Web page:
"We are in the middle of the worst opioid epidemic in history, and this report confirms it," said Tennis. "Many Pennsylvanians know someone suffering from the disease of addiction or they may be suffering themselves. The results of this disease are devastating – it has a terrible impact on crime, health of the individual and the family, quality of life, vehicle crashes, workplace injuries. Most importantly, left untreated it is ultimately fatal."
Last year, more than 3,500 people died in the Commonwealth from overdoses, said Tennis, surpassing the number of people who died from automobile accidents. He said the fatality rate for 2016 will be even higher.
More than 27 million people in the United States reported current use of illicit drugs or misuse of prescription drugs, while more than 66 million people reported binge drinking, according to the report. Deaths from drug overdoses across the nation hit a record of 47,055 in 2014, propelled by prescription painkiller and heroin abuse, according to the Centers for Disease Control and Prevention.
"In addition to being a public health and societal crisis, the report underscored that this epidemic has a huge economic impact on our country," said Tennis.
Facing Addiction in America: The Surgeon General's Report on Alcohol, Drugs, and Health found the estimated annual economic impact of drug abuse is $193 billion, while the estimated economic impact of alcohol abuse is $249 billion. Treatment is effective for both helping individuals enter and stay in recovery, said Tennis.
"As the Surgeon General has said, every dollar invested in treatment saves $4 in healthcare costs and lost productivity and another $7 in criminal justice costs. It is both inhumane and fiscally irrational to not fully address the treatment needs of our population and yet, according to the Surgeon General, we have enough treatment nationally to meet only 10 percent of what's needed."
The report, said Tennis, includes evidence that prevention, treatment, recovery policies and programs do work and encourages communities to organize coalitions to determine local levels of risk and protective factors and substance misuse problems.
"Pennsylvania is already following recommendations in this report," said Tennis, who cited initiatives underway in the Commonwealth including:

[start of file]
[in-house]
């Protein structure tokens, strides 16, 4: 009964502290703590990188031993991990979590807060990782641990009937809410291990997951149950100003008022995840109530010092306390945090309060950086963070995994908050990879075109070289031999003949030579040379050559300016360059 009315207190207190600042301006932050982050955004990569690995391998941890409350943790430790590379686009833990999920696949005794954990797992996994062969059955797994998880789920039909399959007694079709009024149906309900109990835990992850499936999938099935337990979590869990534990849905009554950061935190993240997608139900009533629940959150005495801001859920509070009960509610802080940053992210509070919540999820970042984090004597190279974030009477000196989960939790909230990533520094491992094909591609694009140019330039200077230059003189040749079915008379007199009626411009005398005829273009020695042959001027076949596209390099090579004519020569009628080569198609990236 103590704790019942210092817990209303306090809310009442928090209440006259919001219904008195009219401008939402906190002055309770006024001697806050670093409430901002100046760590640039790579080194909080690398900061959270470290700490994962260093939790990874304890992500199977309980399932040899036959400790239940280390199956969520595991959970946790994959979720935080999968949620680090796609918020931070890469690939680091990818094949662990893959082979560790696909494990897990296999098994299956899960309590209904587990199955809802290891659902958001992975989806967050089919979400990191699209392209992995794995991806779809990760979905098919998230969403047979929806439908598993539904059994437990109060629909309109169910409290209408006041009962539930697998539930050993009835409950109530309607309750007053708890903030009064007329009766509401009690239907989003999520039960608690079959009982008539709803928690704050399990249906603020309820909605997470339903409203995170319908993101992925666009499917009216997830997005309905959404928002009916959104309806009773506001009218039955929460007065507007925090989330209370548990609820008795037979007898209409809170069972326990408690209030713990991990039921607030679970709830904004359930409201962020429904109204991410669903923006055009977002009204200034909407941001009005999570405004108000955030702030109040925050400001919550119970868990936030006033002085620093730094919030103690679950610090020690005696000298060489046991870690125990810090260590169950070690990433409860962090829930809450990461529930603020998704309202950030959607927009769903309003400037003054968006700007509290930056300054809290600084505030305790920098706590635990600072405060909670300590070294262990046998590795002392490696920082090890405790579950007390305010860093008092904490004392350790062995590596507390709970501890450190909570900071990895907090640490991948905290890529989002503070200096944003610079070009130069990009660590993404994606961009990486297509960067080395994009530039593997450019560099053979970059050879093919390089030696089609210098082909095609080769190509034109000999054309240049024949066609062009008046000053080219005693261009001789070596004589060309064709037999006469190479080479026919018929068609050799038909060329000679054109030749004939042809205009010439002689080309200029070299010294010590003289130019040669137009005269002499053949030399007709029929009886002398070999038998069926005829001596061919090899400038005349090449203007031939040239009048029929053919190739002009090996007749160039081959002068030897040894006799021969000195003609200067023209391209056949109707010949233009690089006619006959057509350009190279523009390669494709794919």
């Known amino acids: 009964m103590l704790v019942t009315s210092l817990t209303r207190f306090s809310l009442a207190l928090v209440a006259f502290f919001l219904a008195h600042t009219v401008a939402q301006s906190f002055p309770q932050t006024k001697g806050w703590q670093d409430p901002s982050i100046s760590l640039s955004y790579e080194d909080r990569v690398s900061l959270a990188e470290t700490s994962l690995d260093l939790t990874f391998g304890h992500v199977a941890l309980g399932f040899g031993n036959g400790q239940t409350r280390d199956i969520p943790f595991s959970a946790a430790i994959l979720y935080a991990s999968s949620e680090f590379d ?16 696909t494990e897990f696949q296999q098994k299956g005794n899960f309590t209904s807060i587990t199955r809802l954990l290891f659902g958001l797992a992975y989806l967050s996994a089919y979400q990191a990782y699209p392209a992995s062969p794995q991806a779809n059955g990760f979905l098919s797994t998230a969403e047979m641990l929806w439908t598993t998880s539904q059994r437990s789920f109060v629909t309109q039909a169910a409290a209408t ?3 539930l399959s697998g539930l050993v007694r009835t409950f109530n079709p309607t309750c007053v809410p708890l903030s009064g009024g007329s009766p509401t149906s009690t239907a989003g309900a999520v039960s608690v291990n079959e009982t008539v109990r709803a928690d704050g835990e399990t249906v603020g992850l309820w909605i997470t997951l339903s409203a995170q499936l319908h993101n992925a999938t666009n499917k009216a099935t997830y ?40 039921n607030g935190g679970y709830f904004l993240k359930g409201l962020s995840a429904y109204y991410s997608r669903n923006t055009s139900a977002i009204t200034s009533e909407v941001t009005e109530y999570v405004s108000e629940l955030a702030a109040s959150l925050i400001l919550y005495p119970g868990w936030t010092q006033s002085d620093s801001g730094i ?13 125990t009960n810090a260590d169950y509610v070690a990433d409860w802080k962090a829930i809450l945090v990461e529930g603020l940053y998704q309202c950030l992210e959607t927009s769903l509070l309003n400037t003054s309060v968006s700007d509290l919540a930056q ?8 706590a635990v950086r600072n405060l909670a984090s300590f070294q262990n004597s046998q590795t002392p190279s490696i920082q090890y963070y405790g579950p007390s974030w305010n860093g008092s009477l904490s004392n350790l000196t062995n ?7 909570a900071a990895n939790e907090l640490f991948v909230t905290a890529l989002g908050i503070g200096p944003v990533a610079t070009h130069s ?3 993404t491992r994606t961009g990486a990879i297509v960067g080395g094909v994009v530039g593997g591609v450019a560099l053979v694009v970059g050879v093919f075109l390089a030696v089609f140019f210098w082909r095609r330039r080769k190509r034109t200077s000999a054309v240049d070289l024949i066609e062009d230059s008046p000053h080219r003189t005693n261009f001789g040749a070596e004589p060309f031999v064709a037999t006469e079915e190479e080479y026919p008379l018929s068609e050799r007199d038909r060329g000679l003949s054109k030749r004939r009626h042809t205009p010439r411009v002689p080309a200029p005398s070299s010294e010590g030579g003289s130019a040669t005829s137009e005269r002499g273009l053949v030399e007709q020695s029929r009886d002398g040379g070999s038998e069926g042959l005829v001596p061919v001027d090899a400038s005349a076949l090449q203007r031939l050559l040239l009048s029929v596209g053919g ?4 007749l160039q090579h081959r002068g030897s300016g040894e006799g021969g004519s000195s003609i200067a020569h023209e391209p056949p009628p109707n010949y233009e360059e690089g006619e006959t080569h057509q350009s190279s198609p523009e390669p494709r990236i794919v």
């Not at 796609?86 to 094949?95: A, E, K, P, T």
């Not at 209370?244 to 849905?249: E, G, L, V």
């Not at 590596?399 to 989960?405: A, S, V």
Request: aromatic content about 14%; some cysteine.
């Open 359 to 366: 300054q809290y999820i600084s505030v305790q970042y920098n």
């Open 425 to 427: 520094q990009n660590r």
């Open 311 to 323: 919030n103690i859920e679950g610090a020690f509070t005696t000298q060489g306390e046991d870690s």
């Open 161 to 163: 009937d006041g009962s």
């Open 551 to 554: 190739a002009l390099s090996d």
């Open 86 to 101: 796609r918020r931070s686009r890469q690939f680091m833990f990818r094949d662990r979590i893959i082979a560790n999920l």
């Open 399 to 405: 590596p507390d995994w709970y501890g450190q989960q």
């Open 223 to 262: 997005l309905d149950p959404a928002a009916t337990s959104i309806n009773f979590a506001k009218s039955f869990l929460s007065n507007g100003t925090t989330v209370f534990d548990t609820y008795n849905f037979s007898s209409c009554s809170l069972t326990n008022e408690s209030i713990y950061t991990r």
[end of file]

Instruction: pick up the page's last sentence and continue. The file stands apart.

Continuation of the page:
- Naloxone use to reverse overdoses: Through the support and partnerships established by DDAP, municipal police departments in 66 of 67 counties are carrying Narcan, a drug that is used to reverse overdoses, while in 18 counties, all law enforcement departments are carrying Narcan and using it to save lives. Police officers across Pennsylvania have over 1,800 saves with naloxone.
- Drug take-back boxes: Under this DDAP-initiated project, over 500 permanent take-back boxes are located in municipal police stations for Pennsylvanians to drop off unwanted opioids and other prescription drugs: https://apps.ddap.pa.gov/gethelpnow/PillDrop.aspx, where a thousand tons of unwanted drugs have been collected and destroyed in Pennsylvania since the program started in late 2014.
- Warm-handoff strategy: Overdose survivors meet with counselors to encourage them to enter treatment before they are released from the hospital.
- Medicaid Expansion: Governor Tom Wolf reversed 10 years of funding cuts to drug and alcohol treatment by expanding Medicaid, resulting in a significant increase in treatment and a tripling of license applications for new treatment programs in the state.
- Prescribing Guidelines: Pennsylvania leads the nation with seven sets of specialized pain prescribing guidelines designed to limit the use of opioids and steer health care practitioners more toward less dangerous but equally effective methods of alleviating pain.
- New opioid legislation: New laws signed recently by Governor Tom Wolf will limit the amounts of opioids that can be prescribed; require all prescribers and dispensers of opioids to include the information in a statewide database, and require medical schools and other facilities to provide education on pain management and opioid prescribing.
"I applaud Surgeon General Murthy for calling for a 'culture change' in the way we address addictions. It's time to get rid of negative stereotypes," said Tennis. "Addiction is a brain disease, not a moral failing.
"Stigmatizing the disease, so that our loved ones feel too ashamed to get help, only increases the number of Pennsylvanians who will die unnecessarily," said Tennis. "By uniting in the fight against stigmatizing attitudes and policies, we are taking a stand for safer, healthier, happier families and communities."
EDITOR'S NOTE: Click here to Download/View audio and video for your news stories. See Gary Tennis, DDAP Secretary, talk about Pennsylvania's opioid epidemic and state strategies that supplement the Surgeon General's report.
MEDIA CONTACT: DDAP: Carol Gifford, 717-547-3314 or 717-304-0079 (cell), firstname.lastname@example.org
To view the original version on PR Newswire, visit:http://www.prnewswire.com/news-releases/secretary-gary-tennis-surgeon-generals-report-on-addiction-helps-galvanize-action-in-opioid-epidemic-300368238.html
SOURCE Pennsylvania Department of Drug and Alcohol Programs